Nowhere do we see this more clearly demonstrated than in Jesus, who gave up his security, his people, his land, his blessings in order to take on humanity. He became a man not because he was lacking anything (the complete opposite in fact), or because it was a good choice, or a comfortable choice, or a secure choice (he was crucified for our sake), or even a wise choice. It was not a life of rest, or of significance (rejected, misunderstood, betrayed). He gave up his blessing in order to seek our blessing. He did not seek to hoard his blessing instead he trusted his Father to be “scattered” into the world in order to fill the world with His Glory through our salvation. And because of that at the name of Jesus every knee shall bow and every tongue confess him as Lord (Philippians 2:5-11).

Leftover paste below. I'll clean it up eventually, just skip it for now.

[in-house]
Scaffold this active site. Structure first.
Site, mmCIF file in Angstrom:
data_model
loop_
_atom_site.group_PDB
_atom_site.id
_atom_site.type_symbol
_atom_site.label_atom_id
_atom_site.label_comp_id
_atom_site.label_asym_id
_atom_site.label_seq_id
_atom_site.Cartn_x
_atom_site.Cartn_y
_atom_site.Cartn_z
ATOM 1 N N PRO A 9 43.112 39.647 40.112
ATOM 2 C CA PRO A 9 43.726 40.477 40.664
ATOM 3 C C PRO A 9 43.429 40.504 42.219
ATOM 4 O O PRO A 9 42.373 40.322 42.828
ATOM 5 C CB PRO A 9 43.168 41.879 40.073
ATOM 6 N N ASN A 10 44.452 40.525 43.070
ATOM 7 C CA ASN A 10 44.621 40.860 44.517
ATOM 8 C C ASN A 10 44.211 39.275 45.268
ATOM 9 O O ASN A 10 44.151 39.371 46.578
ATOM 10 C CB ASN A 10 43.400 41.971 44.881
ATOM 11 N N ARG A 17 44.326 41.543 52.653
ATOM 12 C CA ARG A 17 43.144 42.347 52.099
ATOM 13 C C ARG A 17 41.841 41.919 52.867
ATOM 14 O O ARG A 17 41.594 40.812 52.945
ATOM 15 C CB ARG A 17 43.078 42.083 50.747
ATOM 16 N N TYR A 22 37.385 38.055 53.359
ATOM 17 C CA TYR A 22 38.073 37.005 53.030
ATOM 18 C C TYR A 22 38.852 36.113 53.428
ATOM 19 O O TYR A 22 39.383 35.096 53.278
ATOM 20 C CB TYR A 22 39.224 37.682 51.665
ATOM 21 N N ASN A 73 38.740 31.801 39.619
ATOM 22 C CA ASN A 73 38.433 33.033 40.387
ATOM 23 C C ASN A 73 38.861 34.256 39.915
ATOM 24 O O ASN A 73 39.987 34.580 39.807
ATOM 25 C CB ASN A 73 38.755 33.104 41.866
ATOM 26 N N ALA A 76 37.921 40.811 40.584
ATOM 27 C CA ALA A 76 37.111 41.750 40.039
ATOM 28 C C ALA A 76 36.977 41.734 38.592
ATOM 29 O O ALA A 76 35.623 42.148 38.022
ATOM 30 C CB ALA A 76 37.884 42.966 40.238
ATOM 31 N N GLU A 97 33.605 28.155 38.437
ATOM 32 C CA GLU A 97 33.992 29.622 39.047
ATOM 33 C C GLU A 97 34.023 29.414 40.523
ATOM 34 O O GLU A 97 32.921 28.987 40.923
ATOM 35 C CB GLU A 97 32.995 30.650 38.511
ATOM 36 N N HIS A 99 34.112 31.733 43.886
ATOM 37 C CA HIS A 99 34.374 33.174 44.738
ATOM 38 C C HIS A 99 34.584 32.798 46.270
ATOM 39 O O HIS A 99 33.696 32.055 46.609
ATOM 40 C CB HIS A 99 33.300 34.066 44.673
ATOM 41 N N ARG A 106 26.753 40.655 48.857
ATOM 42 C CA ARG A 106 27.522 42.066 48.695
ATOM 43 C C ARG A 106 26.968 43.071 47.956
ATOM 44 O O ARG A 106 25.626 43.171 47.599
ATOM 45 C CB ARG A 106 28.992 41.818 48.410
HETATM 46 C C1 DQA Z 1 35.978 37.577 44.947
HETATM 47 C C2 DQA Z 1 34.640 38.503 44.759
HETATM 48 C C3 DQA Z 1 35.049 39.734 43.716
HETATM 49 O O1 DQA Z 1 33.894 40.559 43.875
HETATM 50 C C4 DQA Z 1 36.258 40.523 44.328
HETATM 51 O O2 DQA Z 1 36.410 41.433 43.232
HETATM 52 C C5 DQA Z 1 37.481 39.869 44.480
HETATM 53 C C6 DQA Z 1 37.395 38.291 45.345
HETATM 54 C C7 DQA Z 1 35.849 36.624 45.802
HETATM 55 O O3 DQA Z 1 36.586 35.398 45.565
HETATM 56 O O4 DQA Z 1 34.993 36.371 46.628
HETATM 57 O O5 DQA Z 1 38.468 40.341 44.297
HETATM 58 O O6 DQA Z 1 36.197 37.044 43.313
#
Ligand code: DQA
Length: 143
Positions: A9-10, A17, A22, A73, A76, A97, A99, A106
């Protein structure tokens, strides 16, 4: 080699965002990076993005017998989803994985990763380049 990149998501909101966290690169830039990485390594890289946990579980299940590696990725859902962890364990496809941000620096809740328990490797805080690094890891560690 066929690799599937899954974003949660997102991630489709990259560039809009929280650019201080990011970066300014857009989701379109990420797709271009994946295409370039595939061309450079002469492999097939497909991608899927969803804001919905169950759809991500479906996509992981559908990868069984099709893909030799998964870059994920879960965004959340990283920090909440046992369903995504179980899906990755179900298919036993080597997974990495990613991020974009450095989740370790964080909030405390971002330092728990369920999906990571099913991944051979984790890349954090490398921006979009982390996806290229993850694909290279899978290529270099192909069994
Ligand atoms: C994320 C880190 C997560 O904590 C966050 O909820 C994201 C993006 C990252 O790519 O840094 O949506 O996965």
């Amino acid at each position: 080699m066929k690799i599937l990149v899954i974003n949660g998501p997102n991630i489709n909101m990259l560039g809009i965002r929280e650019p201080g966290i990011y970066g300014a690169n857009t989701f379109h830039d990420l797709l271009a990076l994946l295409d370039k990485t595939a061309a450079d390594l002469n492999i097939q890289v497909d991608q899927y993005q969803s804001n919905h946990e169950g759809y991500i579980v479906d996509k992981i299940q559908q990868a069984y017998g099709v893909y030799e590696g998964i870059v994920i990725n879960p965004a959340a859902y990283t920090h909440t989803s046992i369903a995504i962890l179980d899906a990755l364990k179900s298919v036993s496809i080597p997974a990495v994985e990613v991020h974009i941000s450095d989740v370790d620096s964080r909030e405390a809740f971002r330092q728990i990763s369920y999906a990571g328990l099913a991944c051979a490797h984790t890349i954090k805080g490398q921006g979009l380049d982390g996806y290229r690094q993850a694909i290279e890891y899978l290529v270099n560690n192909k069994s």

I came across a few helpful thoughts from Andrew Reid’s commentary on Genesis when I was thinking through The Story of the Babel Builders for this past Sunday.
“Having a home of your own somehow means something. It conveys a sense of belonging and of security and refuge. It panders to that deep-seated need within us all to flee the transitory and to seek security in something stable.”
“This personal tie to buildings mirrors a problem that God’s people have had throughout history. Most meeting places for God’s people have had very humble beginnings – tents in the wilderness, places of prayer besides rivers, school classrooms, and the like. But then, as the gospel is preached, more people come and casual meeting places are no longer adequate. People begin to feel reputable and crave something more stable, and so they build buildings. These buildings make demands, chew up time, money and resources. This problem alone might be manageable if it were not that the people of God begin to put their trust and security in the buildings. For the people of god, as with us individually, buildings often convey safety, security and comfort. At this point the children of a moving God often lose direction.”
There seems to be something strangely ironic about the followers of this moving, seeking, scattering God and our obsession with buildings to provide us with stability, respectability and legitimacy.